15. Norwegian authorities encourage the use of Norwegian goods and services in the offshore petroleum sector, but do not require it. The Norwegian share of the total supply of goods and services on the NCS has remained at approximately 50% over the last decade.

  16. Norwegian legislation granting national treatment to foreign investors in the manufacturing sector dates from 1995. Legislation was repealed in July 2002 that formerly required both foreign and Norwegian investors to notify and, in some cases, file burdensome reports to the Ministry of Industry and Trade if their holdings of a company's equity exceeded certain threshold levels. Foreign investors are not currently required to obtain government authorisation before buying shares of Norwegian corporations.

  17. In 2004, Norway liberalised restrictions on acquisitions of equity in Norwegian financial institutions. Current regulations delegate responsibility for acquisitions to the Norwegian Financial Supervisory Authority and streamline the process. Financial Supervisory Authority permission is required for acquisitions of Norwegian financial institutions that exceed defined threshold levels (20%, 25%, 33% or 50%). The authority assesses the acquisitions to ensure that prospective buyers are financially stable and that the acquisition does not unduly limit competition.

  18. The authority applies national treatment to foreign financial groups and institutions, but nationality restrictions still apply to banks. At least half the members of the board and half the members of the corporate assembly of a bank must be nationals and permanent residents of Norway or another EEA nation. There is no ceiling on foreign equity in a Norwegian financial institution as long as the authority has granted permission for the acquisition. The Finance Ministry has abolished remaining restrictions on the establishment of branches by foreign financial institutions, including banks, mutual funds and others. Under the liberalised regime, Norway grants branches of foreign financial institutions the same treatment as domestic institutions.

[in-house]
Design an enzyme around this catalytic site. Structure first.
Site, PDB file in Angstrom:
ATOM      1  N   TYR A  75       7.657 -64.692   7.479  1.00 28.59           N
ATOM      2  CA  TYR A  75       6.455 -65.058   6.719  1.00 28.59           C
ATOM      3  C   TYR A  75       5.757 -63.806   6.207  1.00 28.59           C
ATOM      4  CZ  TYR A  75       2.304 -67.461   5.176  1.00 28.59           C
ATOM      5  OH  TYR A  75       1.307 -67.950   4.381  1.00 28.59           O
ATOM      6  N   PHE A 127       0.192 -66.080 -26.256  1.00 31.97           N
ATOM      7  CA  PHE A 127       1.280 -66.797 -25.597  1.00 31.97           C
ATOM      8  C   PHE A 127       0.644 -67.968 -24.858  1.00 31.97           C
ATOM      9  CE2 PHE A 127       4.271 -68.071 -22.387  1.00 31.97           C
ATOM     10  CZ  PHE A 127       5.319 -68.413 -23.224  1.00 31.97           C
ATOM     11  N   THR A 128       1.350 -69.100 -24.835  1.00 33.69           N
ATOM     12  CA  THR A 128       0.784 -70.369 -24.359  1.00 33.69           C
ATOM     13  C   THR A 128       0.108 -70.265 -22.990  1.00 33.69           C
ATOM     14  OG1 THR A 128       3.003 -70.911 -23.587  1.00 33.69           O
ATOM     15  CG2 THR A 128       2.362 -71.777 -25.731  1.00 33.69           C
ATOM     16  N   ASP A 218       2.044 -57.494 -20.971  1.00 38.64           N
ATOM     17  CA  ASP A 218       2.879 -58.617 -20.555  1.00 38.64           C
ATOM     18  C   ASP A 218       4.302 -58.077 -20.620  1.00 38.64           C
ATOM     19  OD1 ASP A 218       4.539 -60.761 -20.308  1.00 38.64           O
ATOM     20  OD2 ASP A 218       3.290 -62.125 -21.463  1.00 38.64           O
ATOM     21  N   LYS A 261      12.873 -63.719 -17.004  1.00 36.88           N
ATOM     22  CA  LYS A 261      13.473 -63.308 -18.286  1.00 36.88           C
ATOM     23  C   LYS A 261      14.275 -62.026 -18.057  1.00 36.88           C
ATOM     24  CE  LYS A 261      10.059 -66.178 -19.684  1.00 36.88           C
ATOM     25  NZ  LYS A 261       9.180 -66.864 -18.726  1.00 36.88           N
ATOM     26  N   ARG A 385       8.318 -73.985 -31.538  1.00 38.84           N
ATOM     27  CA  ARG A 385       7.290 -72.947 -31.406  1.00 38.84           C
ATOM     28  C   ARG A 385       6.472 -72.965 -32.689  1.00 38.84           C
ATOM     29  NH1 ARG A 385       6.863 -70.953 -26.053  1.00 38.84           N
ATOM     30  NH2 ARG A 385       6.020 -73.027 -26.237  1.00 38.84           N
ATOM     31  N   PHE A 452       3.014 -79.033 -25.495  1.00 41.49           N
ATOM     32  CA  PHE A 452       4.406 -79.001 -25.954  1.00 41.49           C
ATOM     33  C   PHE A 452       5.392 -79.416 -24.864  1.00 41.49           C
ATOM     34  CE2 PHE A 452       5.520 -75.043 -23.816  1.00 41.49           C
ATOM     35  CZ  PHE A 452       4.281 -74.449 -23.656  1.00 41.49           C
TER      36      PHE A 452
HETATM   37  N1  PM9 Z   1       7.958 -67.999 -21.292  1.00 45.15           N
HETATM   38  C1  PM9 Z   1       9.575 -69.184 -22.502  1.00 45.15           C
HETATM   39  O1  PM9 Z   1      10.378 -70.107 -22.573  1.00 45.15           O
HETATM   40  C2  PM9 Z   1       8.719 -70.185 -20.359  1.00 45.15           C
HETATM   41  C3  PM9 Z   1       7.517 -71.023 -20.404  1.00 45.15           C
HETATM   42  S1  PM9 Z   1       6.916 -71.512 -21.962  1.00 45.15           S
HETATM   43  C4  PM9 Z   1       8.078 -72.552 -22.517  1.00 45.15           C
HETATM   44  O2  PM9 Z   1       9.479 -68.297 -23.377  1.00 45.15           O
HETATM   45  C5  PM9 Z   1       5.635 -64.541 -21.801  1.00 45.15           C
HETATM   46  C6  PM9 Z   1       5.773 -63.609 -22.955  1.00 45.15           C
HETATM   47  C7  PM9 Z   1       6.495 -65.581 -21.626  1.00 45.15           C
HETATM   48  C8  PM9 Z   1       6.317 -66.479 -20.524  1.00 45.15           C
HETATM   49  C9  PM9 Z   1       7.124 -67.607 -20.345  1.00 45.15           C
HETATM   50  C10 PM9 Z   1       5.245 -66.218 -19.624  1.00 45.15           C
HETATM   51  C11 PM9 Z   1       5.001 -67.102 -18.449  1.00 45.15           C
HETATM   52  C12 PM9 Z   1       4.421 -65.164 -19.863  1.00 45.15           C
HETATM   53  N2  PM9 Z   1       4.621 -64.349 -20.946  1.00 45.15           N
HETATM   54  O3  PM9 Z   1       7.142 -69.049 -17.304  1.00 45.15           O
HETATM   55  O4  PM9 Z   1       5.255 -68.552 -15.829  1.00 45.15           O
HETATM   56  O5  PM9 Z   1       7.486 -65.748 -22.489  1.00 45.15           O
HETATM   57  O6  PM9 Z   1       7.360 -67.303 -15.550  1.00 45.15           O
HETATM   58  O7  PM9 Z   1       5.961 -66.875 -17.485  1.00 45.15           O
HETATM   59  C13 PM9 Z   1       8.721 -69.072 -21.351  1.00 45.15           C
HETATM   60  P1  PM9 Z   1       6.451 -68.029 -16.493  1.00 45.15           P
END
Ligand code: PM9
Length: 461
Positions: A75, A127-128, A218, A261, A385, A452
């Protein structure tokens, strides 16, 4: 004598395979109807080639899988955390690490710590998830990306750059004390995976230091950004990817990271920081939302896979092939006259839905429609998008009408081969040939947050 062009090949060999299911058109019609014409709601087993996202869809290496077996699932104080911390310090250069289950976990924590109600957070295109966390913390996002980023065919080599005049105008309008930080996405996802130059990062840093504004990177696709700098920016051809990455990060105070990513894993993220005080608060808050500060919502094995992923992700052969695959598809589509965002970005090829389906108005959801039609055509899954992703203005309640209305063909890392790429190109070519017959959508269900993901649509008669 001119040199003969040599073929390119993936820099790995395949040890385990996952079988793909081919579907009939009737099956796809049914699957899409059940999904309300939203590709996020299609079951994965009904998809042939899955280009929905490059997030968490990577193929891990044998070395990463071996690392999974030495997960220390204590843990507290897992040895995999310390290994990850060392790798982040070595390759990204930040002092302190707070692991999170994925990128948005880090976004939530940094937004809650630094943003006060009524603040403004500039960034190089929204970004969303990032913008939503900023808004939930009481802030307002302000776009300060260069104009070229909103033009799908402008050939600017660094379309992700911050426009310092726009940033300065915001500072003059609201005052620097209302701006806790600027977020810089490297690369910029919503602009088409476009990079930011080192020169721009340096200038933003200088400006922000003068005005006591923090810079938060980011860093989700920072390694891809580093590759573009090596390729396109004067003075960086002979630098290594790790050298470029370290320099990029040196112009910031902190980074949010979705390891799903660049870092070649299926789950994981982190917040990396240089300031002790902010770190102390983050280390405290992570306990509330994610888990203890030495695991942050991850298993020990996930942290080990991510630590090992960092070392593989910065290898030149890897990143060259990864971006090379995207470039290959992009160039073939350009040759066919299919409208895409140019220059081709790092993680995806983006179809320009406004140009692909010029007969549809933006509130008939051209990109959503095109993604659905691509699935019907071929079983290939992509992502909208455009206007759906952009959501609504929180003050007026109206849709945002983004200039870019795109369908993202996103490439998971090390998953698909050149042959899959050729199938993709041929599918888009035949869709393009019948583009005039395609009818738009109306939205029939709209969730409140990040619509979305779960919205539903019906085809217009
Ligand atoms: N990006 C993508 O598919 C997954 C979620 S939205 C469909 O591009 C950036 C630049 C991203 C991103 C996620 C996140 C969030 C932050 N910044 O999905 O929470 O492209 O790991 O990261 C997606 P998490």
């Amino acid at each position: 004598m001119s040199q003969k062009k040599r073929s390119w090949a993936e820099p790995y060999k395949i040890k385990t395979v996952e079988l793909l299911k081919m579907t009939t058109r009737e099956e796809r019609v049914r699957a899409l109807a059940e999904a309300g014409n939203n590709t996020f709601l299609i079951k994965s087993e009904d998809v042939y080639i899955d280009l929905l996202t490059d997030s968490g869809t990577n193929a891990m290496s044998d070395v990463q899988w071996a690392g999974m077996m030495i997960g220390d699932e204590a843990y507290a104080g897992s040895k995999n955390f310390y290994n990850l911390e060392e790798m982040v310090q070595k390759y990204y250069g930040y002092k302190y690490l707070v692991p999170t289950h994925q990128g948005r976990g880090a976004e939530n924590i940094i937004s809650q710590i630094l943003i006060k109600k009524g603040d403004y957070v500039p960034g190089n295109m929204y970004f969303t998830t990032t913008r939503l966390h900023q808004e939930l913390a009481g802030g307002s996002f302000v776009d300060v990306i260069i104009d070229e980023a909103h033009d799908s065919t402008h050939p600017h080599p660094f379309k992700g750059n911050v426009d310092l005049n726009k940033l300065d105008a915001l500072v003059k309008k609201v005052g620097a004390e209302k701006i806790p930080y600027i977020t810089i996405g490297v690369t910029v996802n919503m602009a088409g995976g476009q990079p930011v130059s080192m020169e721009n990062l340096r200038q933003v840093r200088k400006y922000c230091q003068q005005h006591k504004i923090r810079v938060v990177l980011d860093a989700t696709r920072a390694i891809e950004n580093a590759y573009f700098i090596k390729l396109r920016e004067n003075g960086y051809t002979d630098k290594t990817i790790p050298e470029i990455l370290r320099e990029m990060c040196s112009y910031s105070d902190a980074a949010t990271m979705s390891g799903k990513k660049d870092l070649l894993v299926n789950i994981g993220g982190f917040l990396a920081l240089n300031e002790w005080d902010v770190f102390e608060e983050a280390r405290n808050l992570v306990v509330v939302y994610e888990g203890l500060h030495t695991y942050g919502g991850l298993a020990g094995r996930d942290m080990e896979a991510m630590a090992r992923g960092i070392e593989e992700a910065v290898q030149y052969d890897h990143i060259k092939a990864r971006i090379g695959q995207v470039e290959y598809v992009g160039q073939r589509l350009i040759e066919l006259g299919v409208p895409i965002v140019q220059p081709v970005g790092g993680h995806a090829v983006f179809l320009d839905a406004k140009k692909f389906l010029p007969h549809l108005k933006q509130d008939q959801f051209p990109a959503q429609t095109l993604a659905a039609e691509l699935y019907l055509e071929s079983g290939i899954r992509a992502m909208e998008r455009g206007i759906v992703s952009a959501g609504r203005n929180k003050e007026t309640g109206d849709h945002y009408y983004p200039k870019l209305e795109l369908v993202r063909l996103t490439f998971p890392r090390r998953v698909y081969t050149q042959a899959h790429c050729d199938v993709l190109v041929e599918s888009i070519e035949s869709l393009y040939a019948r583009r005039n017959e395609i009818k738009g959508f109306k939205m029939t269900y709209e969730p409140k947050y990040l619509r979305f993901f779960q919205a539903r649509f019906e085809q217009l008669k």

19. Media ownership is regulated by the Media Ownership Act of 1997 and the Norwegian Media Authority. No individual party, domestic or foreign, may control more than a third of the national newspaper, radio and/or television markets without a concession. National treatment is granted in line with Norway's obligations under the EEA accord. The introduction and growing importance of new media forms (including those emerging from the internet and wireless industries) has raised concerns that the existing domestic legal regime (which largely focuses on printed media) is becoming outmoded.

Sources: WTO – Trade Policy Review, Fitch Solutions

7.3 Free Trade Zones and Investment Incentives

Free Trade Zone/Incentive ProgrammeMain Incentives Available
Foreign tax credit- Norwegian limited liability companies that have paid taxes on foreign-source income may, under certain conditions, offset the Norwegian tax paid against the foreign tax paid.

- The tax credit is limited to the lower of the Norwegian tax paid on the same type of foreign income and the foreign tax actually paid.
 
- It is possible to carry forward unused foreign taxes for five years.
 
- A credit claimed in line with the regulations stated above may not be used in addition to deductions pursuant to other rules and regulations. These rules are very technical, and it should be noted that there are two different sets of income.
Roll-over regulations- The Norwegian Ministry of Finance has the authority to grant tax relief on the transfer of assets within a group.

- The transfer may be carried out between group companies (more than 90% ownership and voting rights) or partnerships (with mainly the same owners).

- If a tax relief is granted, the transfer would not trigger any taxation at the time of the transfer, but all tax positions, including the tax basis of the transferred assets, will be transferred to the acquiring company. A condition for the tax relief is normally that the companies remain within the group.